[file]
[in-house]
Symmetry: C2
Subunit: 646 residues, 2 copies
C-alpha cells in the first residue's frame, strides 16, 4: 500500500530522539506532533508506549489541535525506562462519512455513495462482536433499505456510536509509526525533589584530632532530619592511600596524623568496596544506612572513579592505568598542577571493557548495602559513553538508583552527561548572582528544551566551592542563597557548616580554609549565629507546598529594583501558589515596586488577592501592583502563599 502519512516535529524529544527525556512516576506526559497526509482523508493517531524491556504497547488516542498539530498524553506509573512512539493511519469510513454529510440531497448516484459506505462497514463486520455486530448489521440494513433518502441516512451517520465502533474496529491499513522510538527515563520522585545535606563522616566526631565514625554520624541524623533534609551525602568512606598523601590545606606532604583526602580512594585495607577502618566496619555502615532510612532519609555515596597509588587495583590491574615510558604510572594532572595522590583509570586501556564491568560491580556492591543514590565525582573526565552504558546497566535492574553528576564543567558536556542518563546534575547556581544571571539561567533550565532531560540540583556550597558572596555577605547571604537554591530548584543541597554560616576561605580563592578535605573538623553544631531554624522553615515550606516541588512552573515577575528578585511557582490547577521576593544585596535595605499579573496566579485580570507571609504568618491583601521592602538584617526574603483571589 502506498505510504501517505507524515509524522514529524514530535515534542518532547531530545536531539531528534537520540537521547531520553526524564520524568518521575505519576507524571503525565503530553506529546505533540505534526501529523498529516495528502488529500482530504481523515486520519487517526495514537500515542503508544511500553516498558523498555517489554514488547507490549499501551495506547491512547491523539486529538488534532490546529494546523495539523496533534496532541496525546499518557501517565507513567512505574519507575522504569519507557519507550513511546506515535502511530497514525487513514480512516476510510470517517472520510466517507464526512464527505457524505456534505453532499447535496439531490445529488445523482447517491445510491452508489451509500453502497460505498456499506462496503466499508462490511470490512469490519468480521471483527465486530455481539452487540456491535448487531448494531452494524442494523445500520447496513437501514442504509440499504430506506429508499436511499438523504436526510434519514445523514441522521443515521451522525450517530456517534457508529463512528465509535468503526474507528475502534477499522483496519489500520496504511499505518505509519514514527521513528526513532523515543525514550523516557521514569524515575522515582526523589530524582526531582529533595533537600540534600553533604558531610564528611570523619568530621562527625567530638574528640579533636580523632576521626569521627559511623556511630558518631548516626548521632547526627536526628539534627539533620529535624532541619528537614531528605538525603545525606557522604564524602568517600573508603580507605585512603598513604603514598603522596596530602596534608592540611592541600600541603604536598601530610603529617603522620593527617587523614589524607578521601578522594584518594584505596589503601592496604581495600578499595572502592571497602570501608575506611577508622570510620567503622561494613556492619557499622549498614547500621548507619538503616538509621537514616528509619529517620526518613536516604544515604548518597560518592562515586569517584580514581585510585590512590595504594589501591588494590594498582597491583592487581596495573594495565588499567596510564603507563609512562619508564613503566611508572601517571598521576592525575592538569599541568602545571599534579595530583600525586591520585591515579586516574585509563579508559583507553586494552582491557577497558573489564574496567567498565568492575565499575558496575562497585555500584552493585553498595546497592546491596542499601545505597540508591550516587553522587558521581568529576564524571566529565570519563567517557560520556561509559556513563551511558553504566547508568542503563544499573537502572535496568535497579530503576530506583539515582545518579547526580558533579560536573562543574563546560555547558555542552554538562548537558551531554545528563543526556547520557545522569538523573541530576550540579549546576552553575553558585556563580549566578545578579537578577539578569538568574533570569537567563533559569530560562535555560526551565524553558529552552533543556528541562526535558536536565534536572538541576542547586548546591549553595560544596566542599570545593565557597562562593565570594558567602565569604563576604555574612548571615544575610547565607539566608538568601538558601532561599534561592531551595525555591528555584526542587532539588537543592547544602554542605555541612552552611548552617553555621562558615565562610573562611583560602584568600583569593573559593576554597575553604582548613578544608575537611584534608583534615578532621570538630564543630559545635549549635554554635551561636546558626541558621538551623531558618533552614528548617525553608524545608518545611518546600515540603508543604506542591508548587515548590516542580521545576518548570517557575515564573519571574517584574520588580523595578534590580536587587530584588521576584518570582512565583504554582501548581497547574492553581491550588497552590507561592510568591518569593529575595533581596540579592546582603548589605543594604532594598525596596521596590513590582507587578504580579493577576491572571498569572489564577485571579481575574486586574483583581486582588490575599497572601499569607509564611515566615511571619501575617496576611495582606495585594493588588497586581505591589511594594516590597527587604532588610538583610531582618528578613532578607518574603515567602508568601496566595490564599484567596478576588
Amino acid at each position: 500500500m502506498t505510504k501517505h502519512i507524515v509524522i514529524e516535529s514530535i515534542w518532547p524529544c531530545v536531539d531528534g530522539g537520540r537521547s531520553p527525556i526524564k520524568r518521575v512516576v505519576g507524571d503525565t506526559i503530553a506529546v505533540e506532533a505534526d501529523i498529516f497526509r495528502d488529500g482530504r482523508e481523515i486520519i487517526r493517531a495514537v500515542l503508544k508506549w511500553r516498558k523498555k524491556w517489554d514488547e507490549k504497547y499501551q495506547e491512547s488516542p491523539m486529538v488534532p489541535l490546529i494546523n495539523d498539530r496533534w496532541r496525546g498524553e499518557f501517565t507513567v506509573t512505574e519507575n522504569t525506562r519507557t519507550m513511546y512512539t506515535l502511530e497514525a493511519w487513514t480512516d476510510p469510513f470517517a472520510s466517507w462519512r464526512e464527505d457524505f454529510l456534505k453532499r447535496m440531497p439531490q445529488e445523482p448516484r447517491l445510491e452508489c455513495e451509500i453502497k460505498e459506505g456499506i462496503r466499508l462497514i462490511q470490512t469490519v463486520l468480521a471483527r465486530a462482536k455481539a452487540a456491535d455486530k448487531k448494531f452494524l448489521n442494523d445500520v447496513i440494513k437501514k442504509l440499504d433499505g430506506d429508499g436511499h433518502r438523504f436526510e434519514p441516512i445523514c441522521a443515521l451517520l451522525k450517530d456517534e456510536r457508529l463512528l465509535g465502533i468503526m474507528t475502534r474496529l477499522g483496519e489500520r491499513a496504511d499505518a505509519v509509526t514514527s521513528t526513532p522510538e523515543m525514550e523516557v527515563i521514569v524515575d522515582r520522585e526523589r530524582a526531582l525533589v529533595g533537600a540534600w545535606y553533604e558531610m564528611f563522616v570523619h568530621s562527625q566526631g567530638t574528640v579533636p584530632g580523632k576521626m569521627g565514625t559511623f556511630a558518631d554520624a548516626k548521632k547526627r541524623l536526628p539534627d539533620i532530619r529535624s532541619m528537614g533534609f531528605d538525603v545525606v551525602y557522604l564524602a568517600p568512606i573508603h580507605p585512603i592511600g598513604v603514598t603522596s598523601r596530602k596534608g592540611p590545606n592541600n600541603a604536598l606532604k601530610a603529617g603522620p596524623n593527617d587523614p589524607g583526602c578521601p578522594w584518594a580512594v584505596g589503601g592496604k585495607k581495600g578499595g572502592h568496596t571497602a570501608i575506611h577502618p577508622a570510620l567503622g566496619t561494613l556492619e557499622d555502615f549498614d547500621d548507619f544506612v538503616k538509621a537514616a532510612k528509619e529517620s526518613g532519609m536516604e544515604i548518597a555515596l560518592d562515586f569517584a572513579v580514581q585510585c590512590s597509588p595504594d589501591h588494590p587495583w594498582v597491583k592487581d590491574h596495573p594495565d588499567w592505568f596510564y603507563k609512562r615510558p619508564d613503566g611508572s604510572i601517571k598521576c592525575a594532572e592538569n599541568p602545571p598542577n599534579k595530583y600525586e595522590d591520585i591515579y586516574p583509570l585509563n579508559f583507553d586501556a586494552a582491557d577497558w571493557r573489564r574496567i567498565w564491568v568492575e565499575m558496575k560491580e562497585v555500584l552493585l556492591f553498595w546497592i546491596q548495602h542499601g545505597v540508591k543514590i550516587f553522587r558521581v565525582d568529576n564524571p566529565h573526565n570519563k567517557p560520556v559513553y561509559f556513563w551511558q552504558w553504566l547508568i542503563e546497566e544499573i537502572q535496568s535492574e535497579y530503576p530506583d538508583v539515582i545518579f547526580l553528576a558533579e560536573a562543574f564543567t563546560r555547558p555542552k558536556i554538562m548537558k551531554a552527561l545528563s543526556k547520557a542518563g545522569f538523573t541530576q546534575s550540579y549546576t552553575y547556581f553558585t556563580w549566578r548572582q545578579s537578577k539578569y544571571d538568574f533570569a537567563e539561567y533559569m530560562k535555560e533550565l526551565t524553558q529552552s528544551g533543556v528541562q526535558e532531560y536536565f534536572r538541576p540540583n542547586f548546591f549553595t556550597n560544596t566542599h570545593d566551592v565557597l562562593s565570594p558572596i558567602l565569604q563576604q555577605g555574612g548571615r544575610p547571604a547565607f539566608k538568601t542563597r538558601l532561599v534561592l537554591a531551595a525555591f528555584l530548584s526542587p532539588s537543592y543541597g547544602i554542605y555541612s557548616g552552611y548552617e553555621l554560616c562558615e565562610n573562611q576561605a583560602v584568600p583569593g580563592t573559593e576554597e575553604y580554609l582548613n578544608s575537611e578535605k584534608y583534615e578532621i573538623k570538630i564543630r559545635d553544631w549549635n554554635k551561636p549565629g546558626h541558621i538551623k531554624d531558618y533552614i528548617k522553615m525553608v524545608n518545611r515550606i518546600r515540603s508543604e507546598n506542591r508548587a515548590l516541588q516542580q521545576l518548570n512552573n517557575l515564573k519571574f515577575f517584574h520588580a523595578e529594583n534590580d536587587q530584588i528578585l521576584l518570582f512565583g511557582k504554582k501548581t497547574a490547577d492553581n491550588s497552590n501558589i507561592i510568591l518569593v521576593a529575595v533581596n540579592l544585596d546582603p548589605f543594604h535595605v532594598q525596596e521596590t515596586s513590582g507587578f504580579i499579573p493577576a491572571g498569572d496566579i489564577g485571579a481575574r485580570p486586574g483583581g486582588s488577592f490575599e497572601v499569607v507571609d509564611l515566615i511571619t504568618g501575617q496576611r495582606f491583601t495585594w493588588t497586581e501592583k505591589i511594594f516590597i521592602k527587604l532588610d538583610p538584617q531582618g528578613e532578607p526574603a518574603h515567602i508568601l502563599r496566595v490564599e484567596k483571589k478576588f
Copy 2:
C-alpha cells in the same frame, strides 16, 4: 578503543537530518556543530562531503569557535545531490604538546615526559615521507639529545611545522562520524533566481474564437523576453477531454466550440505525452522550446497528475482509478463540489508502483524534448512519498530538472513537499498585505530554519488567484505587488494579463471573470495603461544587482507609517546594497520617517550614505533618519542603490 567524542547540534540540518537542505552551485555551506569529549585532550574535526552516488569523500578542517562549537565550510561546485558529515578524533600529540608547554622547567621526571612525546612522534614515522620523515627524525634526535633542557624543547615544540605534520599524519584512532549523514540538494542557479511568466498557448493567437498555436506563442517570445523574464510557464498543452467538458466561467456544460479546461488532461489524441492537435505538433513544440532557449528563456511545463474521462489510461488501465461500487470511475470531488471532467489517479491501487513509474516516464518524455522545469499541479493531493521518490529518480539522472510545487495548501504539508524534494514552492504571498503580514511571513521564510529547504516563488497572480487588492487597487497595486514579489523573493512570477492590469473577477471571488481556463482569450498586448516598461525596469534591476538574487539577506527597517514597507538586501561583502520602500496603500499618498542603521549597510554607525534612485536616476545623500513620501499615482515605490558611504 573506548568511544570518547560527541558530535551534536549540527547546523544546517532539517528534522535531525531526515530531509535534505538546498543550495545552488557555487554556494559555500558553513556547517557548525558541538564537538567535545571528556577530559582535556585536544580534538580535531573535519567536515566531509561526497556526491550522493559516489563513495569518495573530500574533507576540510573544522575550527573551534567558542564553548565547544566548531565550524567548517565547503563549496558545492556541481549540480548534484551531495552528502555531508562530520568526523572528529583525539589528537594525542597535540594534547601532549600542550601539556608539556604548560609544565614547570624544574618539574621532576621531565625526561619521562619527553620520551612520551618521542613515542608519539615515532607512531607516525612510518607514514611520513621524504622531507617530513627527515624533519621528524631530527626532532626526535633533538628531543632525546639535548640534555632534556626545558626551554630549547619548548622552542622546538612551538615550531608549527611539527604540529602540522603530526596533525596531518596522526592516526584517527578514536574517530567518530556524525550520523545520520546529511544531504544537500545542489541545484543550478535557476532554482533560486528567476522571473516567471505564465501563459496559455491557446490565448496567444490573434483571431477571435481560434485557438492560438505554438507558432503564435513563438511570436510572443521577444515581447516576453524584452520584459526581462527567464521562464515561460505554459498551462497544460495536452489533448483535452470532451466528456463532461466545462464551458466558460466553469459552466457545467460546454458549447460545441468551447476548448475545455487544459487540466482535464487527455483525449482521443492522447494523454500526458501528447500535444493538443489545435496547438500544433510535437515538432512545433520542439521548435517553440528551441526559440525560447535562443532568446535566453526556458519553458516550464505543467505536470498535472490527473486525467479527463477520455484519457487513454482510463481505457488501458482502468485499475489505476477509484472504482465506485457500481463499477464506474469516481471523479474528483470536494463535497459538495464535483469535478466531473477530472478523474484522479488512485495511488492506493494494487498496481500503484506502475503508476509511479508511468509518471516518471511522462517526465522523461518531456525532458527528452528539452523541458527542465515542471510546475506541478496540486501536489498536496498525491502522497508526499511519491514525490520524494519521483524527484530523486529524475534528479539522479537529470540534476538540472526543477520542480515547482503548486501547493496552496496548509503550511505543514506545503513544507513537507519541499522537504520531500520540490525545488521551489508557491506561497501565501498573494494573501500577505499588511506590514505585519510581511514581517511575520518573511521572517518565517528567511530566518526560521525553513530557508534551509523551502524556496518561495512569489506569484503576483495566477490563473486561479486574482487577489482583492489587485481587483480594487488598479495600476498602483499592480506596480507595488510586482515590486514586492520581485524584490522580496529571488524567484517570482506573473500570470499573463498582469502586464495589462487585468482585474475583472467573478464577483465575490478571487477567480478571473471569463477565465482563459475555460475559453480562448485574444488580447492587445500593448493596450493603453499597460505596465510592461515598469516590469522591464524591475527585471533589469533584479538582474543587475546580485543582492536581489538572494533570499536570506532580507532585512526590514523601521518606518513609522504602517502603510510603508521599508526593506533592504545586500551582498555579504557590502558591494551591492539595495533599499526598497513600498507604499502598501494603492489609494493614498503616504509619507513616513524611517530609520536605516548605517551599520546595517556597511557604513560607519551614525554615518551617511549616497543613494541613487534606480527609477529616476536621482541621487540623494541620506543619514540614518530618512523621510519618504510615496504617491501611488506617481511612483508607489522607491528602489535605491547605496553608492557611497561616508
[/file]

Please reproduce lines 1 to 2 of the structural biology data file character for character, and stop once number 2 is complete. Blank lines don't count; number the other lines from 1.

[in-house]
Symmetry: C2